Currying in Python
Tue Mar 20 11:13:23 CET 2012
On 3/20/2012 8:11, Arnaud Delobelle wrote:
> On 19 March 2012 23:20, Ian Kelly<ian.g.kelly at gmail.com> wrote:
>> I hope you don't mind if I critique your code a bit!
>> On Fri, Mar 16, 2012 at 7:21 PM, Kiuhnm
>> <kiuhnm03.4t.yahoo.it at mail.python.org> wrote:
>>> Here we go.
>>> def genCur(f, unique = True, minArgs = -1):
>> It is customary in Python for unsupplied arguments with no default to
>> use the value None, not -1. That's what it exists for.
>>> """ Generates a 'curried' version of a function. """
>>> def geng(curArgs, curKwargs):
>>> def g(*args, **kwargs):
>>> nonlocal f, curArgs, curKwargs, minArgs; # our STATIC data
> I don't know if all the rest of the code is below, but this line above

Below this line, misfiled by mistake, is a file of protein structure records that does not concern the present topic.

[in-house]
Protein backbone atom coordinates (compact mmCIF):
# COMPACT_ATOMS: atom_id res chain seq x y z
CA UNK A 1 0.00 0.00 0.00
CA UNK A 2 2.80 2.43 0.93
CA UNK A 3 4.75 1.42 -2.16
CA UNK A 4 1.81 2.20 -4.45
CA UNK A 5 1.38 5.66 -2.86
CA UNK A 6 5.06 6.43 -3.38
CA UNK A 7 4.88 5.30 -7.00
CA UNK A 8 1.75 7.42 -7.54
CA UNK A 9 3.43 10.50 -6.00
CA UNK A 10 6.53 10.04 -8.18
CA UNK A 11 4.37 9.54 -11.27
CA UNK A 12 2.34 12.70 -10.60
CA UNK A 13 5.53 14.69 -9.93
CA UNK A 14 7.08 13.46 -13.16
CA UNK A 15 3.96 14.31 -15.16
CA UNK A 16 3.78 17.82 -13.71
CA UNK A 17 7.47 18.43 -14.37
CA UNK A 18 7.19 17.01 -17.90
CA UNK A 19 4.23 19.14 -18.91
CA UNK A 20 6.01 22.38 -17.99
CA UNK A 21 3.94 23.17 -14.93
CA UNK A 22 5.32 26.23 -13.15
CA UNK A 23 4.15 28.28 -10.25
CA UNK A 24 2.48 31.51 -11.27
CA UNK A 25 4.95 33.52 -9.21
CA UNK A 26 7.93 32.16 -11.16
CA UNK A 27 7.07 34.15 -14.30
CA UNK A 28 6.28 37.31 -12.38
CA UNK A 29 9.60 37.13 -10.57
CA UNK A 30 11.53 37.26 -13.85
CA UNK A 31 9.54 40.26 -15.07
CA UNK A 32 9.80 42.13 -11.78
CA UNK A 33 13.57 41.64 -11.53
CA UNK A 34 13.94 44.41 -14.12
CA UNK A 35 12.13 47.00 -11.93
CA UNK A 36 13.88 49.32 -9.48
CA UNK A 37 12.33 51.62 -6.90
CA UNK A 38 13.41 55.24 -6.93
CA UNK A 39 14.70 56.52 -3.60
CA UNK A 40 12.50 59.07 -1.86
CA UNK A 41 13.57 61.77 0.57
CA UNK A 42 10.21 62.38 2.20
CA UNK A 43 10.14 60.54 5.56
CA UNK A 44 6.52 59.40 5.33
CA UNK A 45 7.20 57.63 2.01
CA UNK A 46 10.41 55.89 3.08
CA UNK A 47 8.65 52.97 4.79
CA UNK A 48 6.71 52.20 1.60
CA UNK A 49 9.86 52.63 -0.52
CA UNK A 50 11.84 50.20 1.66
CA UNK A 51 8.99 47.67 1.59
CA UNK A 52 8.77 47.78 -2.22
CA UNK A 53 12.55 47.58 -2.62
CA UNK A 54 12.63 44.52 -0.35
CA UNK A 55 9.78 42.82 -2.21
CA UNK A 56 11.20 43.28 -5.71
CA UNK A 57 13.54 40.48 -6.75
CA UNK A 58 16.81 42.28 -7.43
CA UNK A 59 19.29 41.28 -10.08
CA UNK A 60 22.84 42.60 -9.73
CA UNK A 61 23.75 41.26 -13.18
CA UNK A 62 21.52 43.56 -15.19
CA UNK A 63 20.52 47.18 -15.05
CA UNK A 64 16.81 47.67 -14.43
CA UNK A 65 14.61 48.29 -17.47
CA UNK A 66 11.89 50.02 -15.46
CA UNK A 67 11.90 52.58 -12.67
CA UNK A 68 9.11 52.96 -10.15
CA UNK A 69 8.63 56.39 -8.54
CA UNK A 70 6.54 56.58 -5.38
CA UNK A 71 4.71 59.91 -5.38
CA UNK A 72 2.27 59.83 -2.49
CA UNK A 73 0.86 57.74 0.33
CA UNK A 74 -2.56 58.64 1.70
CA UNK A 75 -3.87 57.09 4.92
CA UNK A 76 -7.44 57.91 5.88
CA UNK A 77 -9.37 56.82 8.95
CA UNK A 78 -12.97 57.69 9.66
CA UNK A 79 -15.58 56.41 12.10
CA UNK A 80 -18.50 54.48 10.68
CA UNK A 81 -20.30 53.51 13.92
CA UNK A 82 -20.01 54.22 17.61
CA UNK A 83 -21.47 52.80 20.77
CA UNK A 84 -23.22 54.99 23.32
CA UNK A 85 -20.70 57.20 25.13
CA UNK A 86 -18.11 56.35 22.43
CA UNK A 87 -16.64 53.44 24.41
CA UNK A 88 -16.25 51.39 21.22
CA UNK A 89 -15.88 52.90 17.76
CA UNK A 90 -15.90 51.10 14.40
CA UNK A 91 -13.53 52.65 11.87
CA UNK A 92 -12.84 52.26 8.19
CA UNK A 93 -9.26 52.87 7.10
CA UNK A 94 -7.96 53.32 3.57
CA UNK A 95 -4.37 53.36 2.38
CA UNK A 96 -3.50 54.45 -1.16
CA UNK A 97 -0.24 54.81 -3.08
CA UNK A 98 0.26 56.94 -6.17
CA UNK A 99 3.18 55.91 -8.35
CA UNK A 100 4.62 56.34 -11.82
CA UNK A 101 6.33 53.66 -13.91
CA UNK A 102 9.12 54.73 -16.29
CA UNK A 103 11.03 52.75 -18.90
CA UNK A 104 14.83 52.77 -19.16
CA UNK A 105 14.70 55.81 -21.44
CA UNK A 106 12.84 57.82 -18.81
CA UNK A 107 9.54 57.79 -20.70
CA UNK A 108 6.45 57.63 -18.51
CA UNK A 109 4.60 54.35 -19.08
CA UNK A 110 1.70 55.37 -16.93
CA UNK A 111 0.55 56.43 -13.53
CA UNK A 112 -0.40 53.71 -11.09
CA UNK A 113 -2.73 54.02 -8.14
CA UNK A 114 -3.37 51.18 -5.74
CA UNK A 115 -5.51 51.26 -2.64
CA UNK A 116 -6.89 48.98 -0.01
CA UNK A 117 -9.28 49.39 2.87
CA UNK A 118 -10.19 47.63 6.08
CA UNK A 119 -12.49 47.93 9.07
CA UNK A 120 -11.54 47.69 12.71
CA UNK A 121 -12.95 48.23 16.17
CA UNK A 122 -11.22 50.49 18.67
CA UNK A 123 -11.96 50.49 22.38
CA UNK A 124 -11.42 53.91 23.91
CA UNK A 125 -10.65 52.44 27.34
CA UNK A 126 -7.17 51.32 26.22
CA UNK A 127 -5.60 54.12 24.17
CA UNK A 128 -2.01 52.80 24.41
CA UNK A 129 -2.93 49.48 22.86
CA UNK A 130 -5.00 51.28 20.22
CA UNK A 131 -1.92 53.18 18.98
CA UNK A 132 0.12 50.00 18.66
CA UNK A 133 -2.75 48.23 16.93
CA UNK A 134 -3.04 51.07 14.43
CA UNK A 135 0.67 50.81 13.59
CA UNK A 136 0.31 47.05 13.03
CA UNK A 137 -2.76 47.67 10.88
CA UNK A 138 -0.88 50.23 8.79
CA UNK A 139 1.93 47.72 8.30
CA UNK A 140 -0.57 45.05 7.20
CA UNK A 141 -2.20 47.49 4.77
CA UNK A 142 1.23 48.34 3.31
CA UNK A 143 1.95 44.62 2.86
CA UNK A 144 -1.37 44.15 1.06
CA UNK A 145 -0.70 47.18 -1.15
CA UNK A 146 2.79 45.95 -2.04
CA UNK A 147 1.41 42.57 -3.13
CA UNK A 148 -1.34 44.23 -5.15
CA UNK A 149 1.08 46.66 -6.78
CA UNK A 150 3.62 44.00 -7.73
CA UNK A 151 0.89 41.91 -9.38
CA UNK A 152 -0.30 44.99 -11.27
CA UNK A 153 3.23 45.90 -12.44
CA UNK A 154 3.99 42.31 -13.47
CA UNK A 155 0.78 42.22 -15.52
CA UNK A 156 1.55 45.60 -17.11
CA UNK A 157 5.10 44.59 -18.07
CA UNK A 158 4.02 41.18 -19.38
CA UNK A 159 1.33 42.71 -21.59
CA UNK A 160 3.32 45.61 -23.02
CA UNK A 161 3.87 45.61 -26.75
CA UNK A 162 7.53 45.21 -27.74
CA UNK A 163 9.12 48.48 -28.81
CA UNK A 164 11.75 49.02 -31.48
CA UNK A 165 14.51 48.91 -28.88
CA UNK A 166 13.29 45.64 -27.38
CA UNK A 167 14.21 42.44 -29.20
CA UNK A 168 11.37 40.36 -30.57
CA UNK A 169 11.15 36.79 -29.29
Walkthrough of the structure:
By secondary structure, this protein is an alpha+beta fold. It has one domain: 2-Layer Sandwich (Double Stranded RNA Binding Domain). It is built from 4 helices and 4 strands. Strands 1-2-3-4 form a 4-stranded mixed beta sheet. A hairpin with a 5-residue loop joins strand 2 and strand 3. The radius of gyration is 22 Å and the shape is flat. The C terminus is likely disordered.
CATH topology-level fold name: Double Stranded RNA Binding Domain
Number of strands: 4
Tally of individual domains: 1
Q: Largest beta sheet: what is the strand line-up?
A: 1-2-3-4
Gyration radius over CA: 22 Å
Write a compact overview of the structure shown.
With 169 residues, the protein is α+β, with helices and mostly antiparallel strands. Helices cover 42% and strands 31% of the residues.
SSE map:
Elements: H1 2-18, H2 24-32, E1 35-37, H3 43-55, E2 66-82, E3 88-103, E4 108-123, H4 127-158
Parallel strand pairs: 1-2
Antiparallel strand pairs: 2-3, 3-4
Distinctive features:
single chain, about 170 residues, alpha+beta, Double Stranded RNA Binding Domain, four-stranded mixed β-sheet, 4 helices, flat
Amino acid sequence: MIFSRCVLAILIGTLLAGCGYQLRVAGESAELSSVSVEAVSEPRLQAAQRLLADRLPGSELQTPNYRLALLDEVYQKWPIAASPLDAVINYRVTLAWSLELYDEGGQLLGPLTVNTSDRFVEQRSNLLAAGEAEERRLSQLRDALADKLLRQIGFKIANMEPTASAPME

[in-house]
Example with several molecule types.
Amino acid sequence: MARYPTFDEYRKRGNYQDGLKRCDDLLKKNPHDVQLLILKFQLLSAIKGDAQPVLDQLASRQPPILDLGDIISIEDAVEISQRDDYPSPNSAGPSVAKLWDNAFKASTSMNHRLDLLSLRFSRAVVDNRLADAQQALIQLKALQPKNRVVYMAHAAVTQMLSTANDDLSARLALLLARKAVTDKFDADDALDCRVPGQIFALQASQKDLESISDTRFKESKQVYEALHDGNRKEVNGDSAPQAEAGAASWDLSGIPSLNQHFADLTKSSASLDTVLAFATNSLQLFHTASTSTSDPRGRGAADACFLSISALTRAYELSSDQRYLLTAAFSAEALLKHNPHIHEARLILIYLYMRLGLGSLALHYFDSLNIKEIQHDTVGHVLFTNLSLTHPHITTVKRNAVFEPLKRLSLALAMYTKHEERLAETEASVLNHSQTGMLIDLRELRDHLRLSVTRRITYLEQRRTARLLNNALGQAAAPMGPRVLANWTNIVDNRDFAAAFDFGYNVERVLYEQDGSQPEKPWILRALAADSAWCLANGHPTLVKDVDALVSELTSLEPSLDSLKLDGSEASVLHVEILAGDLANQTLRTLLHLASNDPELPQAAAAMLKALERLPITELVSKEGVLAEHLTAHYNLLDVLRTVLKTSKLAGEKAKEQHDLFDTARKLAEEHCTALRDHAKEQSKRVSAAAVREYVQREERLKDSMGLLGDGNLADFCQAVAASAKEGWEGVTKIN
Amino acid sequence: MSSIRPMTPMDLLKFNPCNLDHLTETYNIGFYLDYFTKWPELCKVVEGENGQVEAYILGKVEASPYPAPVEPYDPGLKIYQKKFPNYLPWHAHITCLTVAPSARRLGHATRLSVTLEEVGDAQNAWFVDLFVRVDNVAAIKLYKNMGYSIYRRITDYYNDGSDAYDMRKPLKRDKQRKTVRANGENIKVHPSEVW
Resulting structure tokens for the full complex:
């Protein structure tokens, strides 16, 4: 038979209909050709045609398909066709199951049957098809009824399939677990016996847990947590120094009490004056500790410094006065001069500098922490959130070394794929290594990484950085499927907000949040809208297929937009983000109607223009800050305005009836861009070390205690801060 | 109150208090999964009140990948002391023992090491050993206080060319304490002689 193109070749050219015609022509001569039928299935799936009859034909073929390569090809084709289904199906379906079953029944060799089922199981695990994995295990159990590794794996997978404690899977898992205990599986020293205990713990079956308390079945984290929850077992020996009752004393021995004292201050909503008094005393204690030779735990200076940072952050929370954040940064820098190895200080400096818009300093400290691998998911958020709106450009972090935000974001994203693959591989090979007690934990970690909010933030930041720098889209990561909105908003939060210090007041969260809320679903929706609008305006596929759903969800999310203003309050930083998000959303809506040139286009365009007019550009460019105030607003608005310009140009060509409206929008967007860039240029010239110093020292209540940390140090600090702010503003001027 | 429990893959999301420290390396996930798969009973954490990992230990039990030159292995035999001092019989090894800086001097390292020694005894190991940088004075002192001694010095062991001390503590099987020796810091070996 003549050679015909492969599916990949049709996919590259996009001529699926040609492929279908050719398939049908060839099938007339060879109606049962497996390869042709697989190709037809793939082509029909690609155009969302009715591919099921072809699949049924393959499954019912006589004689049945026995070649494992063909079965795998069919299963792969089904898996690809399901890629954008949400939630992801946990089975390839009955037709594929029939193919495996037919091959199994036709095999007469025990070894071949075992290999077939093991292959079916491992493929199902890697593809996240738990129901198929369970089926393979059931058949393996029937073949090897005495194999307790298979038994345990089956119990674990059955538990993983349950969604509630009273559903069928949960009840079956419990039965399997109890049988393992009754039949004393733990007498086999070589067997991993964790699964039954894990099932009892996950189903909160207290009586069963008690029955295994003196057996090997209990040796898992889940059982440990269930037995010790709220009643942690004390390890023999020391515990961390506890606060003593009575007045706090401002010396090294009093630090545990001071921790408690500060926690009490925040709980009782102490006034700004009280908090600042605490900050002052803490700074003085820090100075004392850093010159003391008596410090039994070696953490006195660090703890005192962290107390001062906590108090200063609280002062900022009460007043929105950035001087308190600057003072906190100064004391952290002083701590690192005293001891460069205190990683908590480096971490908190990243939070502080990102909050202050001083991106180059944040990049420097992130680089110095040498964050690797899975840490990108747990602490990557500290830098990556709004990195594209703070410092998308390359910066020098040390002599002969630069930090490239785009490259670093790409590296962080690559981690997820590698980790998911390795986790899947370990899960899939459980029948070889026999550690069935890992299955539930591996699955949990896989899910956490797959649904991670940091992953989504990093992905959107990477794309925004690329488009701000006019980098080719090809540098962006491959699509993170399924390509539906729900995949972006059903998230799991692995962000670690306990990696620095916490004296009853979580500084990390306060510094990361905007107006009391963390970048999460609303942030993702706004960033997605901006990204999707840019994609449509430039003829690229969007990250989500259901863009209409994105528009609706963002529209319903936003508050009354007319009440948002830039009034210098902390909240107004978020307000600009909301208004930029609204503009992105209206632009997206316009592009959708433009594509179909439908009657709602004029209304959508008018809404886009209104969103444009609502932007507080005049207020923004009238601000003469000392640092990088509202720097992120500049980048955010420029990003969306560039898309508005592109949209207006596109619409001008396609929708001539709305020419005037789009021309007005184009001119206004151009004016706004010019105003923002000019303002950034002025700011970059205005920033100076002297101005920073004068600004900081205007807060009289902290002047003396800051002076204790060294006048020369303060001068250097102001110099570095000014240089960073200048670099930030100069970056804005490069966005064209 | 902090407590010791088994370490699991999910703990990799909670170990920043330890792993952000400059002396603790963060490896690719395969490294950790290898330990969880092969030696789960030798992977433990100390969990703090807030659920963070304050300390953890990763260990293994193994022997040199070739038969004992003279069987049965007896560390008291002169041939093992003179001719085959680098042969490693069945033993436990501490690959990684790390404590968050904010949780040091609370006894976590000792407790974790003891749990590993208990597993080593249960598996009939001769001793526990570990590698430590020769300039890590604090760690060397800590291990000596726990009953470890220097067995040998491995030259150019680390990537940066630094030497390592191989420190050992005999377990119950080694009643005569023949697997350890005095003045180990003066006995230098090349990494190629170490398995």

> would only be necessary if you want to rebind f, curArgs, minArgs.
> You don't seem to do it, so I think this line is unnecessary.
What a coincidence. I was just telling that to Ian Kelly. I removed it
from the code in my article a few days ago but forgot to update my post
on this ng.
> Also, your naming of variables disagrees with PEP 8 :)
>>> if len(args) or len(kwargs):
>> Collections evaluate as true if they are not empty, so this could just be:
>> if args or kwargs:
>>> # Allocates data for the next 'g'. We don't want to modify our
>>> # static data.
>>> newArgs = curArgs[:];
> Semicolon to end a statement?
As above. Too many years of C++.
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